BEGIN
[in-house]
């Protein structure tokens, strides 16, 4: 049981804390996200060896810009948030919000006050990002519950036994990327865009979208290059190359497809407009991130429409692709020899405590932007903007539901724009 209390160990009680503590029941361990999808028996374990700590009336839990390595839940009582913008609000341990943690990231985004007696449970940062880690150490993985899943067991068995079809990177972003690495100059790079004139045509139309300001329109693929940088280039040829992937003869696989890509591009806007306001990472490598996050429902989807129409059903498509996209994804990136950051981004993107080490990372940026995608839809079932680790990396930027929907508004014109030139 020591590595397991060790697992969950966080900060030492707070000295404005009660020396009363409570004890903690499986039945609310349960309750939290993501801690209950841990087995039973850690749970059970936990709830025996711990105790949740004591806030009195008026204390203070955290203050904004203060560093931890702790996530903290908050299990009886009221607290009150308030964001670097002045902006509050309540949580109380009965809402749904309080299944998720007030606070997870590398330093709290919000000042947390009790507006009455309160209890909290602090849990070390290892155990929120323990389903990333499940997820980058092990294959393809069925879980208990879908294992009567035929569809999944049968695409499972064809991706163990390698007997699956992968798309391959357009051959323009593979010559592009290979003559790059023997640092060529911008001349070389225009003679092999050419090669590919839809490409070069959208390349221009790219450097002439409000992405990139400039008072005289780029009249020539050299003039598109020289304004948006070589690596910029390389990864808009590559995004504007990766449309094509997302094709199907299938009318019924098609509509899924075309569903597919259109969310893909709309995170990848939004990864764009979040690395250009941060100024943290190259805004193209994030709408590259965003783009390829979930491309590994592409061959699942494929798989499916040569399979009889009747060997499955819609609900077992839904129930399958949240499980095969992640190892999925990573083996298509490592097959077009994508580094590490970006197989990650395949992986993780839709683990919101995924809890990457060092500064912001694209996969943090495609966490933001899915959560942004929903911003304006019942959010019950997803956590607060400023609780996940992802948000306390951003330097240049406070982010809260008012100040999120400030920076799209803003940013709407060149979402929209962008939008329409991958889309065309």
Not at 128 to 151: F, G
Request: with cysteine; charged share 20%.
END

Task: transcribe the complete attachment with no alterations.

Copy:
[in-house]
């Protein structure tokens, strides 16, 4: 049981804390996200060896810009948030919000006050990002519950036994990327865009979208290059190359497809407009991130429409692709020899405590932007903007539901724009 209390160990009680503590029941361990999808028996374990700590009336839990390595839940009582913008609000341990943690990231985004007696449970940062880690150490993985899943067991068995079809990177972003690495100059790079004139045509139309300001329109693929940088280039040829992937003869696989890509591009806007306001990472490598996050429902989807129409059903498509996209994804990136950051981004993107080490990372940026995608839809079932680790990396930027929907508004014109030139 020591590595397991060790697992969950966080900060030492707070000295404005009660020396009363409570004890903690499986039945609310349960309750939290993501801690209950841990087995039973850690749970059970936990709830025996711990105790949740004591806030009195008026204390203070955290203050904004203060560093931890702790996530903290908050299990009886009221607290009150308030964001670097002045902006509050309540949580109380009965809402749904309080299944998720007030606070997870590398330093709290919000000042947390009790507006009455309160209890909290602090849990070390290892155990929120323990389903990333499940997820980058092990294959393809069925879980208990879908294992009567035929569809999944049968695409499972064809991706163990390698007997699956992968798309391959357009051959323009593979010559592009290979003559790059023997640092060529911008001349070389225009003679092999050419090669590919839809490409070069959208390349221009790219450097002439409000992405990139400039008072005289780029009249020539050299003039598109020289304004948006070589690596910029390389990864808009590559995004504007990766449309094509997302094709199907299938009318019924098609509509899924075309569903597919259109969310893909709309995170990848939004990864764009979040690395250009941060100024943290190259805004193209994030709408590259965003783009390829979930491309590994592409061959699942494929798989499916040569399979009889009747060997499955819609609900077992839904129930399958949240499980095969992640190892999925990573083996298509490592097959077009994508580094590490970006197989990650395949992986993780839709683990919101995924809890990457060092500064912001694209996969943090495609966490933001899915959560942004929903911003304006019942959010019950997803956590607060400023609780996940992802948000306390951003330097240049406070982010809260008012100040999120400030920076799209803003940013709407060149979402929209962008939008329409991958889309065309």
Not at 128 to 151: F, G
Request: with cysteine; charged share 20%.